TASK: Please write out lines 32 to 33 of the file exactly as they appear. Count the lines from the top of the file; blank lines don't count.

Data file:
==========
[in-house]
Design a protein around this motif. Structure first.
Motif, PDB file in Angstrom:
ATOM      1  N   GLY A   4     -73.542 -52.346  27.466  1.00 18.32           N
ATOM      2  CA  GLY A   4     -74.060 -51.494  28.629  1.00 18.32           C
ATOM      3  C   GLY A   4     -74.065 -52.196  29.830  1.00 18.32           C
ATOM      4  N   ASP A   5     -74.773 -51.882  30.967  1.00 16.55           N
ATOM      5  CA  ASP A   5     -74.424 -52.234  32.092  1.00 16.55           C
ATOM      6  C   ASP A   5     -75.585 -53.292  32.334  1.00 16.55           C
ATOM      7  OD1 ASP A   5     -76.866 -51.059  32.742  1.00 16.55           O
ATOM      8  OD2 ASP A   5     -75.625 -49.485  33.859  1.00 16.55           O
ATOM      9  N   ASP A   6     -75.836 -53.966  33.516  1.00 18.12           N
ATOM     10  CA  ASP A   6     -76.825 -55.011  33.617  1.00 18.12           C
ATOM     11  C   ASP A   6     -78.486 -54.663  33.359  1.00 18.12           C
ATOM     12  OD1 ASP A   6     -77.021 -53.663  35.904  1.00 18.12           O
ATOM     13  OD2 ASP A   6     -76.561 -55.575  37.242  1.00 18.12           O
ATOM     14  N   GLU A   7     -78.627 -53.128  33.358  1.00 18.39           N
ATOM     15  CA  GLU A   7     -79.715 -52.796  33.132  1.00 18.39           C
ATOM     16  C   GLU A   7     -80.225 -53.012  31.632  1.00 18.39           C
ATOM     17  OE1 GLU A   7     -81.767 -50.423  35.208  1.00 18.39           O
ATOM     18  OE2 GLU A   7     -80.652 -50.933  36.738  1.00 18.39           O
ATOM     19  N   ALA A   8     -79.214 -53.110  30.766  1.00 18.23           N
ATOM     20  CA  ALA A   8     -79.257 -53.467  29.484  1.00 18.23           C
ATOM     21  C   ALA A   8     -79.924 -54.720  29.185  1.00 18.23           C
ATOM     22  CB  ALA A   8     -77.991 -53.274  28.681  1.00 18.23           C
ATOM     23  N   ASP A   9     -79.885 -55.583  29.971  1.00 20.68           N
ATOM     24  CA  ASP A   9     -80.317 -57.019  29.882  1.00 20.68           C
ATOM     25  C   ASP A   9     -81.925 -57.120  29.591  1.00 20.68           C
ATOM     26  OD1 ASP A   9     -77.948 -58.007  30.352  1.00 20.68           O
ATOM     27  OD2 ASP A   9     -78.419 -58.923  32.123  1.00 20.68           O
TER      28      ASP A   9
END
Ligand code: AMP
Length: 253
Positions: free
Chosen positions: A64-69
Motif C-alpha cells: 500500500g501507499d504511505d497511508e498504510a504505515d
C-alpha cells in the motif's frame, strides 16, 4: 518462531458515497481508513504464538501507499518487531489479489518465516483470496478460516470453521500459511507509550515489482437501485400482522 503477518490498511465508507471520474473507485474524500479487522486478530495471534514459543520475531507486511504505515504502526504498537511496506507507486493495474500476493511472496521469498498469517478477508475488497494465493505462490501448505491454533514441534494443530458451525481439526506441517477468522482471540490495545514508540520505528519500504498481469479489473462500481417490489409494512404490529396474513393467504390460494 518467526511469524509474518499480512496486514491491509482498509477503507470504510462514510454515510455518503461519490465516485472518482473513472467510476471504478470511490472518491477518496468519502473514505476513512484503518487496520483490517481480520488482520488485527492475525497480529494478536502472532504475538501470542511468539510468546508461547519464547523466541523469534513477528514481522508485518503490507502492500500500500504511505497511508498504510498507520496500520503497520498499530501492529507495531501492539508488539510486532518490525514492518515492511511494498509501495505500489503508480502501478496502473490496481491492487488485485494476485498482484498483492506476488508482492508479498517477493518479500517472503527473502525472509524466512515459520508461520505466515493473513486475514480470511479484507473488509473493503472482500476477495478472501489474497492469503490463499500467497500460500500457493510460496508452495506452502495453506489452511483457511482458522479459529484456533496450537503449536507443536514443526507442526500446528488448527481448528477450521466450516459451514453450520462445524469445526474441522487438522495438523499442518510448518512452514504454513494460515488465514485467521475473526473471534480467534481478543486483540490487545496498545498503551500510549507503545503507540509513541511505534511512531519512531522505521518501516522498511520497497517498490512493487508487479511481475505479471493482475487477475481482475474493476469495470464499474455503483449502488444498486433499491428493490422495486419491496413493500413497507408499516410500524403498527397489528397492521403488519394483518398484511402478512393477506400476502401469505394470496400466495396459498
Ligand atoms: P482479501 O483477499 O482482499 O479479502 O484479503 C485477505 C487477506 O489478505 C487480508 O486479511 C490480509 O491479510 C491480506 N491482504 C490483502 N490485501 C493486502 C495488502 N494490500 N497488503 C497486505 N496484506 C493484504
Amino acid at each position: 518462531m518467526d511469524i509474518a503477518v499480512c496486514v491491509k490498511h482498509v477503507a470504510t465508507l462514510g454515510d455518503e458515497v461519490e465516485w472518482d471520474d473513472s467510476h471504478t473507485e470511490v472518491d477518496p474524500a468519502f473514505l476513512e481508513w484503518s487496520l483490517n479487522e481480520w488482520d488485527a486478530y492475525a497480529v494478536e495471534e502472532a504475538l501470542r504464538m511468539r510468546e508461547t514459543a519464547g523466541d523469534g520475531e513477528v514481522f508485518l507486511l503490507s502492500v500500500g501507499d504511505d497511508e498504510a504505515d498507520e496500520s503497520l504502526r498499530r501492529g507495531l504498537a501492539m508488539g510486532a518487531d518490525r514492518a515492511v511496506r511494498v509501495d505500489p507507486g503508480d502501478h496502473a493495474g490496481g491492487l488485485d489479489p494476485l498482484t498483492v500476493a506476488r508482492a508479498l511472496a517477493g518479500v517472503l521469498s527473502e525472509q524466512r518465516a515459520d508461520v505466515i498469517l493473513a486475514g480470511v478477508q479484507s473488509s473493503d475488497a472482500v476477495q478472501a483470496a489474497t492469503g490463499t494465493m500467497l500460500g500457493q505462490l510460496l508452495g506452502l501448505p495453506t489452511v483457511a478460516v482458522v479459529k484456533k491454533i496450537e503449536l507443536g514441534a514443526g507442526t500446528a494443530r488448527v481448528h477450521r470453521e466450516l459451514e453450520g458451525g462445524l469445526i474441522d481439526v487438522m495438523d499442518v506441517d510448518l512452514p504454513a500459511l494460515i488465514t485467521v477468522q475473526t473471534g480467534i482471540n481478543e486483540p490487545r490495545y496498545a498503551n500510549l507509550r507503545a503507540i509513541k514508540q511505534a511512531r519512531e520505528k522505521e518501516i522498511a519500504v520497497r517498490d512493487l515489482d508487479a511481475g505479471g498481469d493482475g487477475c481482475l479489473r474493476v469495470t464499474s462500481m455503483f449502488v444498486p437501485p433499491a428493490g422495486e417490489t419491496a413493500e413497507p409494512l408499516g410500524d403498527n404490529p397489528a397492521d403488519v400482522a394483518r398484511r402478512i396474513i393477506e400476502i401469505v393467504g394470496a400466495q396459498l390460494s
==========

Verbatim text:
END
Ligand code: AMP